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Open Access Highly Accessed Case report

Mirizzi syndrome type IV associated with cholecystocolic fistula: a very rare condition- report of a case

George Chatzoulis1*, Andreas Kaltsas1, Lazaros Danilidis2, John Dimitriou1 and Ioannis Pachiadakis3

Author Affiliations

1 Department of Surgery, 424 Military Hospital Thessaloniki, Greece

2 Department of Surgery, St Loukas Hospital Thessaloniki, Greece

3 Department of Gastroenterology, 424 Military Hospital Thessaloniki, Greece

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BMC Surgery 2007, 7:6  doi:10.1186/1471-2482-7-6

Published: 27 May 2007

Abstract

Background

Mirizzi syndrome is a rare complication of prolonged cholelithiasis with presence of large, impacted gallstone into the Hartman's pouch, causing chronic extrinsic compression of common bile duct (CBD). Fistula formation between the CBD and the gallbladder may represent an outcome of that condition. According to Mirizzi's classification and Csendes's subclassification, Mirizzi syndrome type IV represents the most uncommon type (4%).

Spontaneous biliary-enteric fistulas have also been rarely reported (1.2–5%) in a large series of cholecystectomies. Cholecystocolic fistula is the most infrequent biliary enteric fistula, causing significant morbidity and representing a diagnostic challenge.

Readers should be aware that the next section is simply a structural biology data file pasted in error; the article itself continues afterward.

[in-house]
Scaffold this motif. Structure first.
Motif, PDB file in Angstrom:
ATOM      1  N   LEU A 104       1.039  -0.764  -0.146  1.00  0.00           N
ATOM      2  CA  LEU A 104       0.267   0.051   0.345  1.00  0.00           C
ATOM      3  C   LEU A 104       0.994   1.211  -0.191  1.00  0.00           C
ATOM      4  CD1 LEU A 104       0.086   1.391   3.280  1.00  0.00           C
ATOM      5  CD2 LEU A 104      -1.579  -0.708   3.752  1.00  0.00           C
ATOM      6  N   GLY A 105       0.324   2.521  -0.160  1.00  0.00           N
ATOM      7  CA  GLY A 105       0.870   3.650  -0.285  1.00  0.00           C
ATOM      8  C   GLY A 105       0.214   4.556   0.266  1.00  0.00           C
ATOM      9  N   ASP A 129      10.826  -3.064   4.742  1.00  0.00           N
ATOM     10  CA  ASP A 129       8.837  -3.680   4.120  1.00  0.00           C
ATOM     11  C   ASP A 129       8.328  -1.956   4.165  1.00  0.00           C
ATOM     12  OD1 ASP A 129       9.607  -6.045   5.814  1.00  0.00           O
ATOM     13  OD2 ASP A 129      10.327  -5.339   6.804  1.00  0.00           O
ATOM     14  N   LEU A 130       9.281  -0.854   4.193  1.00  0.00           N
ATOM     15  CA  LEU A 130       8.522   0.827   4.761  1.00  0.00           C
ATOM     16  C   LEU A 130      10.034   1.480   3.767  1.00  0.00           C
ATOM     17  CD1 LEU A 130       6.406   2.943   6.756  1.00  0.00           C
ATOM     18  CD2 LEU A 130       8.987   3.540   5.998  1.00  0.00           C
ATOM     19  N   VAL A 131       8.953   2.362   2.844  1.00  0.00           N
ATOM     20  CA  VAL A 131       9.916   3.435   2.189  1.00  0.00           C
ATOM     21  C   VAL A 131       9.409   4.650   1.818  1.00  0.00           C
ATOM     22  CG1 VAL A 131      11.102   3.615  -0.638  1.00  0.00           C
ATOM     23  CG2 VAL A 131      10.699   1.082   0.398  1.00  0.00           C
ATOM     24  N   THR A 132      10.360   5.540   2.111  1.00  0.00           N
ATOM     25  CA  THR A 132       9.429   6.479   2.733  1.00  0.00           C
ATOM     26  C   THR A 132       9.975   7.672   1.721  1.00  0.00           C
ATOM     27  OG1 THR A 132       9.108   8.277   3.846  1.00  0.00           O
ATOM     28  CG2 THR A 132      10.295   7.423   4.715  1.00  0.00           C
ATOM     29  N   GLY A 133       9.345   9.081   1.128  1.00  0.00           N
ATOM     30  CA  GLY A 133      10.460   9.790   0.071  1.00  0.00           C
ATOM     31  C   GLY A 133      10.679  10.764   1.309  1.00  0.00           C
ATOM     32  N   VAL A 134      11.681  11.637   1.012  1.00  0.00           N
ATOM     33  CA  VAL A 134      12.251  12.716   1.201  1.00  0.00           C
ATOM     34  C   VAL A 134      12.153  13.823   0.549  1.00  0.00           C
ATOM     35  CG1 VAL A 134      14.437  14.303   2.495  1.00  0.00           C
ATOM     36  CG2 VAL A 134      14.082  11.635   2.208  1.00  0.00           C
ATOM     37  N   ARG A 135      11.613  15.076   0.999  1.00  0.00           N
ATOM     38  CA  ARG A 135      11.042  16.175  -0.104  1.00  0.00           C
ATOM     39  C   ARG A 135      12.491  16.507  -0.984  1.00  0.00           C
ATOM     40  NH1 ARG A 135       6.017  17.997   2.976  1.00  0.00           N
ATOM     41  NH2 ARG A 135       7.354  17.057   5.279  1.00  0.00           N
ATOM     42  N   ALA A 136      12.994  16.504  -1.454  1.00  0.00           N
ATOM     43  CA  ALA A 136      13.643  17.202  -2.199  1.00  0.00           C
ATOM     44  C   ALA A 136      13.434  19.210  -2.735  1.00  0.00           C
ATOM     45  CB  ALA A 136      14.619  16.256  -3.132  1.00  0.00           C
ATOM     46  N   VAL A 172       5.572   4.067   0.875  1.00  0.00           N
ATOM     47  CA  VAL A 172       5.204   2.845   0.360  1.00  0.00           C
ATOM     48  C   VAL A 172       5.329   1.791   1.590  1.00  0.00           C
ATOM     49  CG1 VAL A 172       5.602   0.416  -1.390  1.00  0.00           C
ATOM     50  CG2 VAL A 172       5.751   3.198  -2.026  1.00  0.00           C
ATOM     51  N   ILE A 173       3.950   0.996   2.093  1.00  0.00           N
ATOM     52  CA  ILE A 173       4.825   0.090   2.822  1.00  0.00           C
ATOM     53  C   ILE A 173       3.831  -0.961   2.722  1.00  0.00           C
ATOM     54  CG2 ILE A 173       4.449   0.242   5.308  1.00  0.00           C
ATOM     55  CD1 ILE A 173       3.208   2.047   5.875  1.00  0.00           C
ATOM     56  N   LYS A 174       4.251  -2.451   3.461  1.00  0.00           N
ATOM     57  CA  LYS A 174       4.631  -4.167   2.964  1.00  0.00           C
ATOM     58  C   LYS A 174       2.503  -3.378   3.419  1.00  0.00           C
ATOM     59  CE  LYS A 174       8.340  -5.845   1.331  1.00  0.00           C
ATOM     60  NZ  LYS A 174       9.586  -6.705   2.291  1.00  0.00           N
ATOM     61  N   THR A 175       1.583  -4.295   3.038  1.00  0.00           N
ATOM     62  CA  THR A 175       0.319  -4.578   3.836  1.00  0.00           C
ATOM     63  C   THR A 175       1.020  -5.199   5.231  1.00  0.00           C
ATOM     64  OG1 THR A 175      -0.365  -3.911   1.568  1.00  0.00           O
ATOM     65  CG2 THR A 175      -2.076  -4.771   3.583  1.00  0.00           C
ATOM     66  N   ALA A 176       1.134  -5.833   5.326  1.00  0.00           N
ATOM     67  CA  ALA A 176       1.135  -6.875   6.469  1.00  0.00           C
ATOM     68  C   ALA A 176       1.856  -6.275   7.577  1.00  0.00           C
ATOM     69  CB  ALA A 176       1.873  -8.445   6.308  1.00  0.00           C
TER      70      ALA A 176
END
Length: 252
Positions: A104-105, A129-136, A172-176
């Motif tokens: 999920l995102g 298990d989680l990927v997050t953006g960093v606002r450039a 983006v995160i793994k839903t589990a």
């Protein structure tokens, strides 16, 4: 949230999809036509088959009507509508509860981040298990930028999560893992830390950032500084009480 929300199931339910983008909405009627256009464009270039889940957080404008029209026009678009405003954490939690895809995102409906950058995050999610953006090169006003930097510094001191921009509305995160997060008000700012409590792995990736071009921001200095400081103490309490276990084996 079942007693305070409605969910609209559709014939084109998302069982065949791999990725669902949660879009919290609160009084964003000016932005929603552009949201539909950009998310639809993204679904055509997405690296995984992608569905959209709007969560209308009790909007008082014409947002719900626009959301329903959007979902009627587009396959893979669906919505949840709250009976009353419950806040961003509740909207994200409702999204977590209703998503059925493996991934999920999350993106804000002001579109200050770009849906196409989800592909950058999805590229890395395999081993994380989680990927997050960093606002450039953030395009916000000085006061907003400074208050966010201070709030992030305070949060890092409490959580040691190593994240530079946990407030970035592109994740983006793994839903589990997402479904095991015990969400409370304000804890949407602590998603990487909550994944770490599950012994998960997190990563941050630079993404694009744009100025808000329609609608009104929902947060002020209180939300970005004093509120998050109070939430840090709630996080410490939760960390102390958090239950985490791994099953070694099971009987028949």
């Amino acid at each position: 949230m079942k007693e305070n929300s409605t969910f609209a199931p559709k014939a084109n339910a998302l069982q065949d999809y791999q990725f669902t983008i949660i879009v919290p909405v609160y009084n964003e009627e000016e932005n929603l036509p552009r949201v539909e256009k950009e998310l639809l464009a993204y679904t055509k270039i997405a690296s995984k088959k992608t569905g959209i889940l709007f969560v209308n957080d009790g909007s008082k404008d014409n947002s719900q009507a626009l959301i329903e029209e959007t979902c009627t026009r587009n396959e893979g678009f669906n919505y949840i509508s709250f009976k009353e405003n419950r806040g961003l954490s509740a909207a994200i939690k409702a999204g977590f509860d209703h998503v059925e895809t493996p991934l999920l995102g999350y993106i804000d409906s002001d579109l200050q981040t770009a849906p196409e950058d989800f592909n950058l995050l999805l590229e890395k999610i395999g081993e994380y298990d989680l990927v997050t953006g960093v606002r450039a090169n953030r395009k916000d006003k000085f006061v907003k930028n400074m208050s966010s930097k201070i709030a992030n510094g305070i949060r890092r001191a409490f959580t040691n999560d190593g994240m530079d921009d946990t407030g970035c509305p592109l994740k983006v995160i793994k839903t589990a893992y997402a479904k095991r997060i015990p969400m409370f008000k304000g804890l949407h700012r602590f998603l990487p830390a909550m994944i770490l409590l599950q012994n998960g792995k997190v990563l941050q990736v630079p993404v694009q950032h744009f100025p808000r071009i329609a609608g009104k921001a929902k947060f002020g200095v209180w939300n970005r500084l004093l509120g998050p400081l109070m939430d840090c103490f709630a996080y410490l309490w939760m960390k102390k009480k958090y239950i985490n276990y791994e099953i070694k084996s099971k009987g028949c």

Case presentation

We describe a very rare, to our knowledge, combination of Mirizzi syndrome type IV and cholecystocolic fistula. A 52 year old male, presented to our clinic complaining of episodic diarrhea (monthly episodes lasting 16 days), high temperature (38°C–39°C), right upper quadrant pain without jaundice. The definitive diagnosis was made intraoperatively. Magnetic Resonance Imaging (MRI) and Endoscopic Retrograde Cholangiopancreatography (ERCP) demonstrated the presence of Mirizzi syndrome with cholecystocolic fistula formation. The patient was operated upon, and cholecystectomy, cholecystocolic fistula excision and Roux-en-Y biliary-enteric anastomosis were undertaken with excellent post-operative course.

Conclusion

Appropriate biliary tree imaging with ERCP and MRI/MRCP is essential for the diagnosis of Mirizzi syndrome and its complications. Cholecystectomy, fistula excision and biliary-enteric anastomosis with Roux-en-Y loop appears to be the most appropriate surgical intervention in order to avoid damage to Calot's triangle anatomic elements. Particularly in our case, ERCP was a valuable diagnostic tool that Mirizzi syndrome type IV and cholecystocolic fistula.